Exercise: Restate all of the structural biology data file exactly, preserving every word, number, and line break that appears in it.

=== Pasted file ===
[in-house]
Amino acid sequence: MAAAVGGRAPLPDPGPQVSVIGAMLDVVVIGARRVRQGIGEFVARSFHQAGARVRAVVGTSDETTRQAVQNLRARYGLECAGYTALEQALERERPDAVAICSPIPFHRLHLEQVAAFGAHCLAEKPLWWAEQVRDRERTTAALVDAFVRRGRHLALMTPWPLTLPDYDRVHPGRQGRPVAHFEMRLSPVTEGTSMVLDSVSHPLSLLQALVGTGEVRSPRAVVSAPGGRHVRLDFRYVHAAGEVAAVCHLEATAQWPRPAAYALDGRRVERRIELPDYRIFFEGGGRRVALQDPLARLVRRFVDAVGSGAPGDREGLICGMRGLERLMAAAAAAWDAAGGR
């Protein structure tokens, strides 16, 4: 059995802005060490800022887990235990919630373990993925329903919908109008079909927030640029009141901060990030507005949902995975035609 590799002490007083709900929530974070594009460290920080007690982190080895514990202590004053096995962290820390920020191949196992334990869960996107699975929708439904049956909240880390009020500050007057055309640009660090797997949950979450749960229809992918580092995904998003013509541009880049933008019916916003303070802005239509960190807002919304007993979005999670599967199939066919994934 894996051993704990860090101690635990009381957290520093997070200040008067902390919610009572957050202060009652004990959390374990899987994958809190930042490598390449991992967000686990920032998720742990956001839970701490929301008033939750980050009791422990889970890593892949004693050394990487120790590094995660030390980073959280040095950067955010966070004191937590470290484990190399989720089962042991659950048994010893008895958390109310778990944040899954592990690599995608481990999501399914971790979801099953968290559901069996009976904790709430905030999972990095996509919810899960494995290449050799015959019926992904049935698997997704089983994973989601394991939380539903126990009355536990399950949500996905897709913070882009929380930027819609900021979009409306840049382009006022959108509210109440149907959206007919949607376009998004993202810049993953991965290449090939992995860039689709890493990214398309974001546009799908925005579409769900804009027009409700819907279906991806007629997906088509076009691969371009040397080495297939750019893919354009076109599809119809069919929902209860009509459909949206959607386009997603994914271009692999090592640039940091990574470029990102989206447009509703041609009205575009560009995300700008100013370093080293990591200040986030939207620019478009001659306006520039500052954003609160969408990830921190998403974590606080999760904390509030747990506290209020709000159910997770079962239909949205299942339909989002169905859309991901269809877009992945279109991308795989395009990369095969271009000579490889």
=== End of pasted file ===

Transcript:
[in-house]
Amino acid sequence: MAAAVGGRAPLPDPGPQVSVIGAMLDVVVIGARRVRQGIGEFVARSFHQAGARVRAVVGTSDETTRQAVQNLRARYGLECAGYTALEQALERERPDAVAICSPIPFHRLHLEQVAAFGAHCLAEKPLWWAEQVRDRERTTAALVDAFVRRGRHLALMTPWPLTLPDYDRVHPGRQGRPVAHFEMRLSPVTEGTSMVLDSVSHPLSLLQALVGTGEVRSPRAVVSAPGGRHVRLDFRYVHAAGEVAAVCHLEATAQWPRPAAYALDGRRVERRIELPDYRIFFEGGGRRVALQDPLARLVRRFVDAVGSGAPGDREGLICGMRGLERLMAAAAAAWDAAGGR
């Protein structure tokens, strides 16, 4: 059995802005060490800022887990235990919630373990993925329903919908109008079909927030640029009141901060990030507005949902995975035609 590799002490007083709900929530974070594009460290920080007690982190080895514990202590004053096995962290820390920020191949196992334990869960996107699975929708439904049956909240880390009020500050007057055309640009660090797997949950979450749960229809992918580092995904998003013509541009880049933008019916916003303070802005239509960190807002919304007993979005999670599967199939066919994934 894996051993704990860090101690635990009381957290520093997070200040008067902390919610009572957050202060009652004990959390374990899987994958809190930042490598390449991992967000686990920032998720742990956001839970701490929301008033939750980050009791422990889970890593892949004693050394990487120790590094995660030390980073959280040095950067955010966070004191937590470290484990190399989720089962042991659950048994010893008895958390109310778990944040899954592990690599995608481990999501399914971790979801099953968290559901069996009976904790709430905030999972990095996509919810899960494995290449050799015959019926992904049935698997997704089983994973989601394991939380539903126990009355536990399950949500996905897709913070882009929380930027819609900021979009409306840049382009006022959108509210109440149907959206007919949607376009998004993202810049993953991965290449090939992995860039689709890493990214398309974001546009799908925005579409769900804009027009409700819907279906991806007629997906088509076009691969371009040397080495297939750019893919354009076109599809119809069919929902209860009509459909949206959607386009997603994914271009692999090592640039940091990574470029990102989206447009509703041609009205575009560009995300700008100013370093080293990591200040986030939207620019478009001659306006520039500052954003609160969408990830921190998403974590606080999760904390509030747990506290209020709000159910997770079962239909949205299942339909989002169905859309991901269809877009992945279109991308795989395009990369095969271009000579490889």